- Associated Press - Friday, June 3, 2016

TOPEKA, Kan. (AP) - Kansas is looking at shuffling funds within state government to cover a projected short-term, $45 million deficit before its current budget year ends on June 30, an aide to Republican Gov. Sam Brownback said Friday.

Spokeswoman Eileen Hawley said Brownback’s budget staff may divert fees held in dozens of special funds by state agencies into the state’s main bank account. Hawley said the governor doesn’t expect to cut spending to close the gap - and doing so would be difficult anyway so close to the end of the fiscal year, with most agencies’ funds already spent.

Tax collections fell $74.5 million short of expectations in May, creating the deficit in the state general fund. It is the state’s main bank account, financing about $6.2 billion in spending on aid to public schools and general government programs during the current and next fiscal years.

But state government has a total budget exceeding $15 billion and collects special fees and revenues in scores of smaller funds. Transferring money from them into the state’s main bank account can make its bottom line look better, and Hawley said Brownback’s budget staff is looking at the rules governing those smaller funds.

“Decisions will not be finalized until we have a better understanding of the June revenue picture,” she said in an emailed statement.

Sen. Laura Kelly, of Topeka, the ranking Democrat on the Senate Ways and Means Committee, said the shuffling of funds fits Brownback’s practice of using short-term fixes and “just leaping from one crisis to another.”

“There will have to be a lot of hoop-hopping to get us to the next fiscal year,” she said.

Another potential short-term fix is delaying state aid payments due to public schools later this month, though Hawley’s statements did not mention the possibility. Those payments are expected to total more than $320 million.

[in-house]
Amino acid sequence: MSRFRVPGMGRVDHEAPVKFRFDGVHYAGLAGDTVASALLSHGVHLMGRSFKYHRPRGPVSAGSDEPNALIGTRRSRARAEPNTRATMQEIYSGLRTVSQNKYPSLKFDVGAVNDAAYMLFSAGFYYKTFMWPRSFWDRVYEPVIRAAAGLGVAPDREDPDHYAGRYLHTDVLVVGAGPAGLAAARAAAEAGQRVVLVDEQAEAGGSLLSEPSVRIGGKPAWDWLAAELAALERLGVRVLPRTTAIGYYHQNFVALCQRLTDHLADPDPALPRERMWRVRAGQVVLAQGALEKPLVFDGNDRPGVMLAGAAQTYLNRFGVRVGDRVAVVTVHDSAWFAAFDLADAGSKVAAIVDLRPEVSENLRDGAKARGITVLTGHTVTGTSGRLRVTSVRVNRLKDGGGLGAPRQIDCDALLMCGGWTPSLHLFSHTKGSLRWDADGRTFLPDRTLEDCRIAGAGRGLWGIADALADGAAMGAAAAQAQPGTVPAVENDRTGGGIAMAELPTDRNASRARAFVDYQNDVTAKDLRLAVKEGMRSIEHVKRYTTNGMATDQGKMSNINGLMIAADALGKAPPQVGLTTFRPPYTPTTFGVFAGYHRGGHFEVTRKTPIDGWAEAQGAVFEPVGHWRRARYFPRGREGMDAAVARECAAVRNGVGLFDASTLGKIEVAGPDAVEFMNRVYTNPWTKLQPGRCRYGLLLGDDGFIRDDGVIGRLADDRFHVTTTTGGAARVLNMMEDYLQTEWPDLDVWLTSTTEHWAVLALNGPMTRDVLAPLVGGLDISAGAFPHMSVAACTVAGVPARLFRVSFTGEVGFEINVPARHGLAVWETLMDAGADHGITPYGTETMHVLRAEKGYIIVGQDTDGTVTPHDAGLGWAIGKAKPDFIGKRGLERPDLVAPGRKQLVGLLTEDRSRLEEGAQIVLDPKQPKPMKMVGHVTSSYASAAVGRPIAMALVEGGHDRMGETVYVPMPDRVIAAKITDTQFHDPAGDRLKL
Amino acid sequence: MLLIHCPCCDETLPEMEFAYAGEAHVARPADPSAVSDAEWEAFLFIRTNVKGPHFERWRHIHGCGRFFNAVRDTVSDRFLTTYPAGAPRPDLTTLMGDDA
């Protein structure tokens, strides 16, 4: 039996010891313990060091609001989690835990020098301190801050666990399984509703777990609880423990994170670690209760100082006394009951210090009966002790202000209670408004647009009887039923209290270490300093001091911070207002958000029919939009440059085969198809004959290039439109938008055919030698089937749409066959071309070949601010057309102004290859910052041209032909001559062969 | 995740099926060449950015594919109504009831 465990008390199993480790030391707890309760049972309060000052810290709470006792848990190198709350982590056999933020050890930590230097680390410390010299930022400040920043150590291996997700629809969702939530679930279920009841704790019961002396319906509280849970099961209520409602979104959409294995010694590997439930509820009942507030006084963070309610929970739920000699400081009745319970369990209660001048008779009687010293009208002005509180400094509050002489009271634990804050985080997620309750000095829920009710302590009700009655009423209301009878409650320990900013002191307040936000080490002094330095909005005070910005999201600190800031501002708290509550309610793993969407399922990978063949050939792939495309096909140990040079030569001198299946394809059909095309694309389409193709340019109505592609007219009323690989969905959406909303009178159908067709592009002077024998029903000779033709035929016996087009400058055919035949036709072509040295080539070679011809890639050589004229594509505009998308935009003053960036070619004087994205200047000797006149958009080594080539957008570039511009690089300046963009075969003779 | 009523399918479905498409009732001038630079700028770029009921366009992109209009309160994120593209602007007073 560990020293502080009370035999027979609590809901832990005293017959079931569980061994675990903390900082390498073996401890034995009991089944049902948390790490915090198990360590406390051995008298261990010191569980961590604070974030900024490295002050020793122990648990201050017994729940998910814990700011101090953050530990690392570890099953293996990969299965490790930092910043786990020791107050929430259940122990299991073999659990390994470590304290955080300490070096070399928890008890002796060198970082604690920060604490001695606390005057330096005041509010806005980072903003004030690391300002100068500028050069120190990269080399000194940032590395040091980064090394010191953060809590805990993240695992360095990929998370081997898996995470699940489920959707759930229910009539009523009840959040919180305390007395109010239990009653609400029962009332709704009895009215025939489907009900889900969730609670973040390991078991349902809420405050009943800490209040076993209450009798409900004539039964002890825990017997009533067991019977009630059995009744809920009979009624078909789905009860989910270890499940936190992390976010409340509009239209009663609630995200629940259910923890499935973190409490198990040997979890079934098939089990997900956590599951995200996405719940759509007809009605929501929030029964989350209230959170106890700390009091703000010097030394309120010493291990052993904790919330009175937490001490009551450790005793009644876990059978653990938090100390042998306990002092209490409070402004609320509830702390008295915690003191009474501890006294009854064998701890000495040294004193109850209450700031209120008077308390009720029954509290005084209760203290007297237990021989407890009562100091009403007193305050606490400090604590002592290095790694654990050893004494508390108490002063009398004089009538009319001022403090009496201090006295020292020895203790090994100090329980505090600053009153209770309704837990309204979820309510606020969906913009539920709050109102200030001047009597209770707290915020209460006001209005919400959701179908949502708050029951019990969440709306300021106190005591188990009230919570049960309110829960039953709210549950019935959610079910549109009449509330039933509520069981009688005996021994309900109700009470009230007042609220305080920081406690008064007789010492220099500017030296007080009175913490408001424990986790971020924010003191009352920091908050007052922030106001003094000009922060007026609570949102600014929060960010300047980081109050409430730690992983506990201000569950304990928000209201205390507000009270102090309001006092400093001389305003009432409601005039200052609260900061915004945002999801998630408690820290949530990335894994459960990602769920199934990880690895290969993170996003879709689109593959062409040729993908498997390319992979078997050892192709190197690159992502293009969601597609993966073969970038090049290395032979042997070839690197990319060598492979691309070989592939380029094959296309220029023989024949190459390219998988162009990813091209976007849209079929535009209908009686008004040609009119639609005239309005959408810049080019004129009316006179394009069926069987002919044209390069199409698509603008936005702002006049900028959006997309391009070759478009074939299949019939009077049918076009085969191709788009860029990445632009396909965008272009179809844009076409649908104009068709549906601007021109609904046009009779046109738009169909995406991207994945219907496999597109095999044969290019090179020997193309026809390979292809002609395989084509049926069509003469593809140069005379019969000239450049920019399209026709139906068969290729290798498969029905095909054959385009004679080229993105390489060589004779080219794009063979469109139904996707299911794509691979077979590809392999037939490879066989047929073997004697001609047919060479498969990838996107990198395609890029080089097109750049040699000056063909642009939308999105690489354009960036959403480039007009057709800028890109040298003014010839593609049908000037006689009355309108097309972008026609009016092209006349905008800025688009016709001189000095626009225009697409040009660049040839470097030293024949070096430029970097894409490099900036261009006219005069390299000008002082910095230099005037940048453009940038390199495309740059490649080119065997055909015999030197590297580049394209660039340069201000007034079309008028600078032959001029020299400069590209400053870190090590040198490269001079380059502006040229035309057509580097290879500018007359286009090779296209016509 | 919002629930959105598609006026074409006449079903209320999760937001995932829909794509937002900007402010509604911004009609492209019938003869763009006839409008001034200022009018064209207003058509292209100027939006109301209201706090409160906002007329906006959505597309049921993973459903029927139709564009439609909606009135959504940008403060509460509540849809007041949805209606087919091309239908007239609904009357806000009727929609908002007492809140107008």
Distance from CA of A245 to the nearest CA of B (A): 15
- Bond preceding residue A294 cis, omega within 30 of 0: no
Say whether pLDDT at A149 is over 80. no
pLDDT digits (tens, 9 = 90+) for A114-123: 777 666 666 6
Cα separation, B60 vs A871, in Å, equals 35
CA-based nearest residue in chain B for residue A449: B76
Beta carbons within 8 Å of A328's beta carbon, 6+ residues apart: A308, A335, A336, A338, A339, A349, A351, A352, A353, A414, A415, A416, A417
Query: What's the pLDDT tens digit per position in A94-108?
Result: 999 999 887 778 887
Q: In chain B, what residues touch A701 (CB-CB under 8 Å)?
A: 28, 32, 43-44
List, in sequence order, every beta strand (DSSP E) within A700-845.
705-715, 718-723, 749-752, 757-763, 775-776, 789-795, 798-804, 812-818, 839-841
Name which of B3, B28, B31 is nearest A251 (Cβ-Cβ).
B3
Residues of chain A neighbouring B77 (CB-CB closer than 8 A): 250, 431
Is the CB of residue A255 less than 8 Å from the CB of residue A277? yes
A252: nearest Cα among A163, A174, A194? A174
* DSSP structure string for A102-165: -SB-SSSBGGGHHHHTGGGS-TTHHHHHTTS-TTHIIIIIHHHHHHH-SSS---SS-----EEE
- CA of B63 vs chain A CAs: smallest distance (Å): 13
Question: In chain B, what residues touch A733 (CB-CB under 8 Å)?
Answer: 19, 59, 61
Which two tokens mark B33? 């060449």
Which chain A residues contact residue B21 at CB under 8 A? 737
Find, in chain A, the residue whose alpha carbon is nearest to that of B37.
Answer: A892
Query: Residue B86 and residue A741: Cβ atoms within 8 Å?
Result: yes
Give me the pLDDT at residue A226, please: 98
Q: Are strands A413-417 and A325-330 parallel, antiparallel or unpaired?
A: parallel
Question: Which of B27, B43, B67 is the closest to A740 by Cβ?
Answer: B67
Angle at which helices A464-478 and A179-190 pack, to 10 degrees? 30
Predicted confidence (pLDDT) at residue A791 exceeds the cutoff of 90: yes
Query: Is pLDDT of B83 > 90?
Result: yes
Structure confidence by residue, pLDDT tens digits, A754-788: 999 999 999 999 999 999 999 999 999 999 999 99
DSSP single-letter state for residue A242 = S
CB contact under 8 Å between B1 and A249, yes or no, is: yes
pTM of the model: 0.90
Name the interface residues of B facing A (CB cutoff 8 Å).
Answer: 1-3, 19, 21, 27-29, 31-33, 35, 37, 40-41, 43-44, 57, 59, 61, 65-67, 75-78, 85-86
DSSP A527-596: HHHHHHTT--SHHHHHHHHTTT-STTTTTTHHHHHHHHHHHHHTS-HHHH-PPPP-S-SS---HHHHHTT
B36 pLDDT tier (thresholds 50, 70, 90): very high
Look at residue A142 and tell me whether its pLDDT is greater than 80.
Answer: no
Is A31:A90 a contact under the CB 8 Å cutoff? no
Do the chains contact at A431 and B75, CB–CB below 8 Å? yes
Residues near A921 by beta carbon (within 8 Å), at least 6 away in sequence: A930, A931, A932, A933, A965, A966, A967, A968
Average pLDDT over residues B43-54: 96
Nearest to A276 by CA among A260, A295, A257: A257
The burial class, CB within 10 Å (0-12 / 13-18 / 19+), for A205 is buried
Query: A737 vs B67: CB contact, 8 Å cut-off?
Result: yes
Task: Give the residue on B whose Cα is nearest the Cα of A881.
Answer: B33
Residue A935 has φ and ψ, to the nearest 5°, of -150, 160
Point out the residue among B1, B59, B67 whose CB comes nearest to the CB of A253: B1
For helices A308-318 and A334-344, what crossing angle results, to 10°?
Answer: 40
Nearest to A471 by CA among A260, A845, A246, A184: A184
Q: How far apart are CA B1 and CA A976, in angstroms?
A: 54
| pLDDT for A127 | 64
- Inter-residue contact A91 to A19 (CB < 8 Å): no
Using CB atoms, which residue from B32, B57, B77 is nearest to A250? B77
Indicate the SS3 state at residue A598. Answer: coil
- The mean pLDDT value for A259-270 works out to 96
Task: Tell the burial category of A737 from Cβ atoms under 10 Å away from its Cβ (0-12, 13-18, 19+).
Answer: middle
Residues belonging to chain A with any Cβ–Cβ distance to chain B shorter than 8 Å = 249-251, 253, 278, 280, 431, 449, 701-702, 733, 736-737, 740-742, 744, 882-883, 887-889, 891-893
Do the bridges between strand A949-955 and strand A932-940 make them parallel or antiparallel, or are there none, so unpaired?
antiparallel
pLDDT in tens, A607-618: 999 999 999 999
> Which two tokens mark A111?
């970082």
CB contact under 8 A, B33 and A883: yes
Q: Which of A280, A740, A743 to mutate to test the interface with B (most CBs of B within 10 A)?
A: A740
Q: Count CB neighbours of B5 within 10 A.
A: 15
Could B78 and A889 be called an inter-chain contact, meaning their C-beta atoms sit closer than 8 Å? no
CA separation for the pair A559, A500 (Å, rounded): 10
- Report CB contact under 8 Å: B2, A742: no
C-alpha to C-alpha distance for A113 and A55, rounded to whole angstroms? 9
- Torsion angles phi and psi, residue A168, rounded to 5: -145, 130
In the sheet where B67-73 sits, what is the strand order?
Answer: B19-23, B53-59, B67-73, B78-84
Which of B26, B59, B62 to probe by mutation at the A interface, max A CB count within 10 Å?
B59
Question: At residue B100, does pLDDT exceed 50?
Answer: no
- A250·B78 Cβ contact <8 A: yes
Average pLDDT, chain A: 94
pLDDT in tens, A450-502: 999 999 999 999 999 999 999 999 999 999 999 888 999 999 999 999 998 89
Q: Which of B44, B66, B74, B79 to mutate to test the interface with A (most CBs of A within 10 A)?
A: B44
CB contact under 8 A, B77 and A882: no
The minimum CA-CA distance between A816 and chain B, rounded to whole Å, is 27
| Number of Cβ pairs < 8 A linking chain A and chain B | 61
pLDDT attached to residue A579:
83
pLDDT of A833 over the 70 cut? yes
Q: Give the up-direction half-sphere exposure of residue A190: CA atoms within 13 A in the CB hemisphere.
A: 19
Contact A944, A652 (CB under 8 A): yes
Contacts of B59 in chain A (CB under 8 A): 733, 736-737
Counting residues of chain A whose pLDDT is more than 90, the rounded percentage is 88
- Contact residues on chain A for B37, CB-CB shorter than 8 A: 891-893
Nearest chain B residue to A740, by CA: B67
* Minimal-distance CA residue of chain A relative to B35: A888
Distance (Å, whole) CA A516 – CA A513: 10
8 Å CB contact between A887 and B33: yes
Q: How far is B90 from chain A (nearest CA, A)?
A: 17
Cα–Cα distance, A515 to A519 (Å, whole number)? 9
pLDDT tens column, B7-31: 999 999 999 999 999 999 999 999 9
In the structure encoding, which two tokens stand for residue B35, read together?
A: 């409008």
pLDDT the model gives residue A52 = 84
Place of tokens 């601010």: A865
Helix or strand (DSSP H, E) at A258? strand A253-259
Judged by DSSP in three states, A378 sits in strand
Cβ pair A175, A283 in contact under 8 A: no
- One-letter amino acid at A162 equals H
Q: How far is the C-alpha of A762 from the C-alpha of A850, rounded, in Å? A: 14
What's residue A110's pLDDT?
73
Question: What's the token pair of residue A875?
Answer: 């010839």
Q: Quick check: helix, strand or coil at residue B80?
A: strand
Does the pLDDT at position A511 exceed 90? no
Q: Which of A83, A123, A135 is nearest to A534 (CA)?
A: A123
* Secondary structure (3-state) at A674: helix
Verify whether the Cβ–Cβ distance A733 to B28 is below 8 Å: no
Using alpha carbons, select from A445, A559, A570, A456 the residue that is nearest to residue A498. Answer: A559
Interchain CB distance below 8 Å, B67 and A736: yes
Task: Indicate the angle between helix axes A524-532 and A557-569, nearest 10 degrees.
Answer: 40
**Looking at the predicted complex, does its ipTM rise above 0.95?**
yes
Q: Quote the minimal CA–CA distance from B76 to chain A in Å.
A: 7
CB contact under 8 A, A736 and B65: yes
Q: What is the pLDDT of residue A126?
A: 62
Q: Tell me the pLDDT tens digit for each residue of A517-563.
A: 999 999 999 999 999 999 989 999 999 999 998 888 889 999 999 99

Tax collections have failed to meet expectations 10 of the past 12 months and 22 of the past 30 months. Brownback has said he wants to examine the revenue-projecting process and announced Friday that Sam Williams, a retired chief financial officer of a Wichita-based advertising and public relations firm, will lead the effort.

Kansas has struggled to balance its budget since the Republican-dominated Legislature slashed personal income taxes in 2012 and 2013 at Brownback’s urging in an effort to stimulate the economy. More recently, Brownback’s administration has blamed slumps in agriculture, energy production and aircraft manufacturing for disappointing revenues.

The state already has diverted funds from highway projects and cut higher education spending to balance the current budget. Last month, Shawn Sullivan, the governor’s budget director, announced $97 million in spending reductions for the fiscal year beginning July 1.

The state had expected to build up a small cushion of cash reserves before the end of June 2017, so that the shortfall in May’s tax collections doesn’t create another deficit for the next fiscal year, just the current one.


Follow John Hanna on Twitter at https://twitter.com/apjdhanna .

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